On the surface, it would appear that Autoliv (NYSE:ALV) reported pretty poor third-quarter numbers before the market opened on Friday. That view would be based on its reported GAAP numbers, which saw revenue, operating income, and earnings per share all slip lower versus the third quarter of last year. However, the problem with this view is that it's through the lens of weak foreign currencies. If we adjust that lens to keep currencies constant, we get a much clearer picture of the company's stronger underlying performance.

Autoliv results: The raw numbers

Metric

Q3 2015 Actuals

Q3 2014 Actuals

Growth (YOY)

Revenue

$2.2 billion

$2.2 billion

-1.1%

Operating Income

$157.8 million

$174.8 million

-9.7%

EPS

$1.12

$1.16

-3.4%

Source: Autoliv.  

What happened with Autoliv this quarter?
Autoliv performed much better than the raw numbers seem to indicate.

  • Autoliv prefers to report organic sales, which strips out the impact of currencies. For the third quarter, organic sales grew 8% year over year, which topped the company's guidance for organic sales growth of "more than 7%."
  • Margins, likewise, need to be adjusted. When we do, Autoliv's operating margin improves from 7.2% to 9.4% for the third quarter. That result is both 90 basis points higher than the third quarter of last year and ahead of the company's own guidance range for an adjusted operating margin of "around 9%" for the quarter.
  • Sticking with that adjusted theme, earnings, likewise, improve dramatically when adjusted. Autoliv's adjusted earnings for the quarter were $1.53 per share, which is 22.4% higher than the adjusted result from the third quarter of last year.
  • Driving these solid adjusted results were strong organic sales growth in Europe, which was up 11%, as well as within the company's Active Safety product category, where organic sales were up 36%.

What management had to say
Autoliv CEO Jan Carlson wrote in the earnings release that he was "pleased with Autoliv's overall performance in the quarter." He went on to note: "Our strong growth outperformed the light vehicle production in all regions. We saw double-digit growth in Europe, Japan, and the rest of Asia, which combined account for around half of Autoliv's total sales."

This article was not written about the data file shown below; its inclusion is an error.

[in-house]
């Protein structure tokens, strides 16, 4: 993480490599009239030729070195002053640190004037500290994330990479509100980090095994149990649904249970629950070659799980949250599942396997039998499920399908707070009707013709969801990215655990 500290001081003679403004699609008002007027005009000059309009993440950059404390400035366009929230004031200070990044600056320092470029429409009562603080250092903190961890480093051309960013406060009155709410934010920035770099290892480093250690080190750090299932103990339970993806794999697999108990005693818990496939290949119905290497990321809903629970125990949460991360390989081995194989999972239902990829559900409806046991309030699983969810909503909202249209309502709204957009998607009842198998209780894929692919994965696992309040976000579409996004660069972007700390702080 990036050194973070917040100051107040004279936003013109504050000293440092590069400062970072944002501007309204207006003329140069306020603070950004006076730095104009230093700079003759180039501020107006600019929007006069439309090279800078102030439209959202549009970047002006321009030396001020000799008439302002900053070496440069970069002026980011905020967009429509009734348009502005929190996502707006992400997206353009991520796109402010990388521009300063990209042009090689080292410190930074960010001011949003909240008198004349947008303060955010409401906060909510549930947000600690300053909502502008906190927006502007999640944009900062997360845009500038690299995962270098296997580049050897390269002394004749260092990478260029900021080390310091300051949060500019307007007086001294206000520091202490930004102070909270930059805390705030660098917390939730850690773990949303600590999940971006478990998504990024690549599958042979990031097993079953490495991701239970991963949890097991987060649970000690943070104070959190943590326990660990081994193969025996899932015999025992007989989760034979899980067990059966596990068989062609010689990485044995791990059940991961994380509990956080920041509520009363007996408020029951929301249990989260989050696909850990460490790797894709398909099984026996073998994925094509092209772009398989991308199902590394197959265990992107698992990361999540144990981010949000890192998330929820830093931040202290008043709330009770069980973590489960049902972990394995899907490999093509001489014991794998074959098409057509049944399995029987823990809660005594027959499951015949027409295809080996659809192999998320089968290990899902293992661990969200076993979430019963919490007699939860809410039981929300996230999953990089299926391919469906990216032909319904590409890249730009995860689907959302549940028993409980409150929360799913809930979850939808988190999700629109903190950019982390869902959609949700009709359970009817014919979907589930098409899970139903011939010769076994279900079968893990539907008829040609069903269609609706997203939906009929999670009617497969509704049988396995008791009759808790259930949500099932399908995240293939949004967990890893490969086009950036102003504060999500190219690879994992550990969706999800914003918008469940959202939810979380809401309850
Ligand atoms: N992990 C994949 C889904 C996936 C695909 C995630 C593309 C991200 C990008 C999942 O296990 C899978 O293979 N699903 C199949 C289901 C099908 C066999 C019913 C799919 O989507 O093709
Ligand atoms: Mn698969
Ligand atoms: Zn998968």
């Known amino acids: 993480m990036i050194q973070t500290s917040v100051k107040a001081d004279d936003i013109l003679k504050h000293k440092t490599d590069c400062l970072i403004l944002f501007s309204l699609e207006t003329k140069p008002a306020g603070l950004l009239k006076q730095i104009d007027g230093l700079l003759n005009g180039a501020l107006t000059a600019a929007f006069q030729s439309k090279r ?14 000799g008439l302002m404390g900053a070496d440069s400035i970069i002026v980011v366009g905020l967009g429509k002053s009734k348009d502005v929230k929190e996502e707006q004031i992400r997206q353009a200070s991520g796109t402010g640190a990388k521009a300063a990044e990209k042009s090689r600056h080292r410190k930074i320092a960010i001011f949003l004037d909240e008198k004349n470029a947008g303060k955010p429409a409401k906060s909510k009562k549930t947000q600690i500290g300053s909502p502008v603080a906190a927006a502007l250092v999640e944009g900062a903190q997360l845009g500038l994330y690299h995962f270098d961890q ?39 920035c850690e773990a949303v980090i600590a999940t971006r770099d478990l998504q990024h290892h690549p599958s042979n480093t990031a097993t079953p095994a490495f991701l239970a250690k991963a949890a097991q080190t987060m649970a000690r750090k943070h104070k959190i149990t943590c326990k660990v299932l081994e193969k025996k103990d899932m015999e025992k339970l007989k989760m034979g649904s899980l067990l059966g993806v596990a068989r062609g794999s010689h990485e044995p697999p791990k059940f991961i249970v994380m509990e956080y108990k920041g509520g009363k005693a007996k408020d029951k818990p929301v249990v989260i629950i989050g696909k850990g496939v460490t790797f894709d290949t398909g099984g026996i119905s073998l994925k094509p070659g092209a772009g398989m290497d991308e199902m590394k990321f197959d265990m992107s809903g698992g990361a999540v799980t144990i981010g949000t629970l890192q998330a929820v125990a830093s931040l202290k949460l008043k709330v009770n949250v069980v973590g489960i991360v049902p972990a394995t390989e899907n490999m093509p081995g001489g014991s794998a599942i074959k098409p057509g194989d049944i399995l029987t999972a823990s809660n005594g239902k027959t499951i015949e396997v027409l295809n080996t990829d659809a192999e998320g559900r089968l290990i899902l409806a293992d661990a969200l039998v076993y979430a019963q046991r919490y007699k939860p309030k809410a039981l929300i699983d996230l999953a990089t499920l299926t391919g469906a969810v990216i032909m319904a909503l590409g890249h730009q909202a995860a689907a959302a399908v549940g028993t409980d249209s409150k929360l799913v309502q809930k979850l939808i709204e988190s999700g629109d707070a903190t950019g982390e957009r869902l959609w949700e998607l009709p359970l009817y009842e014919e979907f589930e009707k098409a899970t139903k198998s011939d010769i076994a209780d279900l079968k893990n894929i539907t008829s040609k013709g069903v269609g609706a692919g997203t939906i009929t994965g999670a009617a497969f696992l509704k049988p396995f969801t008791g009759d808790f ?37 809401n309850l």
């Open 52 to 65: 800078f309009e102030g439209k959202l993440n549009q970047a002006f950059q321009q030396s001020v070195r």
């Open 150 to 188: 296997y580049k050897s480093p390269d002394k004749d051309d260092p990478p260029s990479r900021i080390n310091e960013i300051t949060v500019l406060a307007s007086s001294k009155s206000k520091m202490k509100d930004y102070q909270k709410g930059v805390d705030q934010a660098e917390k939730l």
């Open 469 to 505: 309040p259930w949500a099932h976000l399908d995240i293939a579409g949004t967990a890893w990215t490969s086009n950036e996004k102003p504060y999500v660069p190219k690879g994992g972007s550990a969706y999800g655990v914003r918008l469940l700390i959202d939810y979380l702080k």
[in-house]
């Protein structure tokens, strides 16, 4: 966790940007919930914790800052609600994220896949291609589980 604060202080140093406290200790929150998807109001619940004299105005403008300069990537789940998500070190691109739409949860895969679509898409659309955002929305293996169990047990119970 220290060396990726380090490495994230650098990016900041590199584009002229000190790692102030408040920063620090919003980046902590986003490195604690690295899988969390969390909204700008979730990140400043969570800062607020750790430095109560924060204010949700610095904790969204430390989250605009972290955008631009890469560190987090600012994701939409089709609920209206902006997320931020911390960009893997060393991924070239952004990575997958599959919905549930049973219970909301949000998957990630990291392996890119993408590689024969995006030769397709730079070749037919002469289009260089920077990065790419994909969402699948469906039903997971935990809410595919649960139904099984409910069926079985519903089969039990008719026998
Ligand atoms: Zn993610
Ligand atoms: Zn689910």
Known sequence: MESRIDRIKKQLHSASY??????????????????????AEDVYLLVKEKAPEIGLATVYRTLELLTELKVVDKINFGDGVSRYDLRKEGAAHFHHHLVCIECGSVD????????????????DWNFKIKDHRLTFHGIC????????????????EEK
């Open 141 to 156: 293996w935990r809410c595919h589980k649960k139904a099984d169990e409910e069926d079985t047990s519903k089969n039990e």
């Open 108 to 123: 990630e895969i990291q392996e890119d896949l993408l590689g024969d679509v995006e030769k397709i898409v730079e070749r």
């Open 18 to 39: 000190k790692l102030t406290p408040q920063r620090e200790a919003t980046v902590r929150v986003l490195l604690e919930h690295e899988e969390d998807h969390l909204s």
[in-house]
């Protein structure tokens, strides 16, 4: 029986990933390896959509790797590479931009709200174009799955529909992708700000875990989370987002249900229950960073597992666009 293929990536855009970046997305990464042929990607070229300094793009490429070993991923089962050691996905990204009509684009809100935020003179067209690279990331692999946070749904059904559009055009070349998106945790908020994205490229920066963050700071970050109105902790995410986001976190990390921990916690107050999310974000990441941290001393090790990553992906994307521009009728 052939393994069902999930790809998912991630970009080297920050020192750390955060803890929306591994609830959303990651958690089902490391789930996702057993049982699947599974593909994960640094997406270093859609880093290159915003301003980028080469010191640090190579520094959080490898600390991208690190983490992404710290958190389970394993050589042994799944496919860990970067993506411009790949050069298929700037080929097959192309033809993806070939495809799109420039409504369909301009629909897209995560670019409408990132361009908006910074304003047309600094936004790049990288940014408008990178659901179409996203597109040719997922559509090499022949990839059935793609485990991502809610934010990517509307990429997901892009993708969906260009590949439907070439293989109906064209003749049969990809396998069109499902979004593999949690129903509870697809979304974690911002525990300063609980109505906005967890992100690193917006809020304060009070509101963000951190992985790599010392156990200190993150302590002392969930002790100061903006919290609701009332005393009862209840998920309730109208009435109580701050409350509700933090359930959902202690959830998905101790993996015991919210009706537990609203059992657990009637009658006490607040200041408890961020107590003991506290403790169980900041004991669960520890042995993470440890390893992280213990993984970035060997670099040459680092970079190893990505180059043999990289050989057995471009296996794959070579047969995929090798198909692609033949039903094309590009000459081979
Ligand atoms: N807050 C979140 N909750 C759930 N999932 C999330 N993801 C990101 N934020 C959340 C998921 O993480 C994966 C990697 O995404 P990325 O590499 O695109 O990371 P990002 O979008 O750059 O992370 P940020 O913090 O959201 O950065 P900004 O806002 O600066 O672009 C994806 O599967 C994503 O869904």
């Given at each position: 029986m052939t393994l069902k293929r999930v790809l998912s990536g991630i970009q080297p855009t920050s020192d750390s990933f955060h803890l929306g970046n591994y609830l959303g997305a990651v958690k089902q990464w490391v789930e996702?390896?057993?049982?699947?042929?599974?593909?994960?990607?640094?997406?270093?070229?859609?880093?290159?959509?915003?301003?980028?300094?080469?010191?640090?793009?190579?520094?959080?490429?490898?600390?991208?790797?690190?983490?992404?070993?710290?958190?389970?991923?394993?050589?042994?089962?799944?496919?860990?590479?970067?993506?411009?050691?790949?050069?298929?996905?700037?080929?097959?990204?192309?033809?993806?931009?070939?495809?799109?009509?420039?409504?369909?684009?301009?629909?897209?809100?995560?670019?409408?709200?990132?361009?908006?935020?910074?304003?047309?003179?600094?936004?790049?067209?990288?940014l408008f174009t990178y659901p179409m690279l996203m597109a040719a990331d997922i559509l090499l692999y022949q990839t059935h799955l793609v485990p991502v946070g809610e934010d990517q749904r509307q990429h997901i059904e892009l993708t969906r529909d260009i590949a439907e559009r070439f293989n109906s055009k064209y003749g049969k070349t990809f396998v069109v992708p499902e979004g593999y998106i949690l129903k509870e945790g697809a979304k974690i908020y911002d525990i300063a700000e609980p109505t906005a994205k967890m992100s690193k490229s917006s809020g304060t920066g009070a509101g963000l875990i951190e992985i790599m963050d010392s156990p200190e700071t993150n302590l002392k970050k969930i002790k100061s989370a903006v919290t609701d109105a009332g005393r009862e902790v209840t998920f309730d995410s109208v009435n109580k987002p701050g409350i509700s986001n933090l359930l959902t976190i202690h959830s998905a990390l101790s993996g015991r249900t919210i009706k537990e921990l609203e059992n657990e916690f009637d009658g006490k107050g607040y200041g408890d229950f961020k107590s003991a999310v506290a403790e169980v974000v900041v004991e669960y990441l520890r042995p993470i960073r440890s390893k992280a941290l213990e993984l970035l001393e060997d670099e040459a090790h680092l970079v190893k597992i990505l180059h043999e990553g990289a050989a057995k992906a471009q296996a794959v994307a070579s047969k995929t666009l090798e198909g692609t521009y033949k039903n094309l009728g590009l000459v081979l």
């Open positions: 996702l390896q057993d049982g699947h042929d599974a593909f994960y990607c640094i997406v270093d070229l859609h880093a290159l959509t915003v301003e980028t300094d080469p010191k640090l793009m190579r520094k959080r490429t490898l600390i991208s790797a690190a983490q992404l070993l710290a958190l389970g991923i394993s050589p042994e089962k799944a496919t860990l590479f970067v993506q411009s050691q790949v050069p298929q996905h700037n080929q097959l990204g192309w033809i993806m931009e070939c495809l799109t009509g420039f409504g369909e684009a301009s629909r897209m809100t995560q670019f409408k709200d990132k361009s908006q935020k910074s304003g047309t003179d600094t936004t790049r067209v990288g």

While most of Autoliv's business is running on all cylinders, Carlson did caution, "In China ... given the current uncertainty, we continue to implement short-term measures, including adjusting manufacturing capacity to mitigate the margin effect from fluctuating volumes."

This isn't the only auto-related company growing more cautious on China. General Motors (NYSE:GM) CEO Mary Barra spent a bit of time on the company's third-quarter conference call detailing GM's outlook on China. She said:

As we talk about China, it is quickly maturing, and we now expect average annual industry growth to be about 3% to 5% for the next few years. And the China slowdown is not only affecting our business in China but also in the other international operation markets outside of China, because these economies are so dependent on China. This means growth will remain slow.

What's interesting about the GM CEO's comments is that she sees slowing Chinese growth affecting its sales not just in the country, but also in countries that depend on China for their growth. This is an outlook that Autoliv investors need to keep an eye on, because it would affect demand not just for new vehicles but also for auto safety products.

Looking forward
Despite the concerns in China, Autoliv sees organic sales growing around 9% in the fourth quarter over what it saw in last year's fourth quarter. Further, it sees its adjusted operating margin to be around 10.5% for the quarter. That will push full-year organic sales up by about 7% from 2014, while its adjusted operating margin will hover around 9.5% for the full year.

 

Matt DiLallo has no position in any stocks mentioned. The Motley Fool recommends Autoliv and General Motors. Try any of our Foolish newsletter services free for 30 days. We Fools may not all hold the same opinions, but we all believe that considering a diverse range of insights makes us better investors. The Motley Fool has a disclosure policy.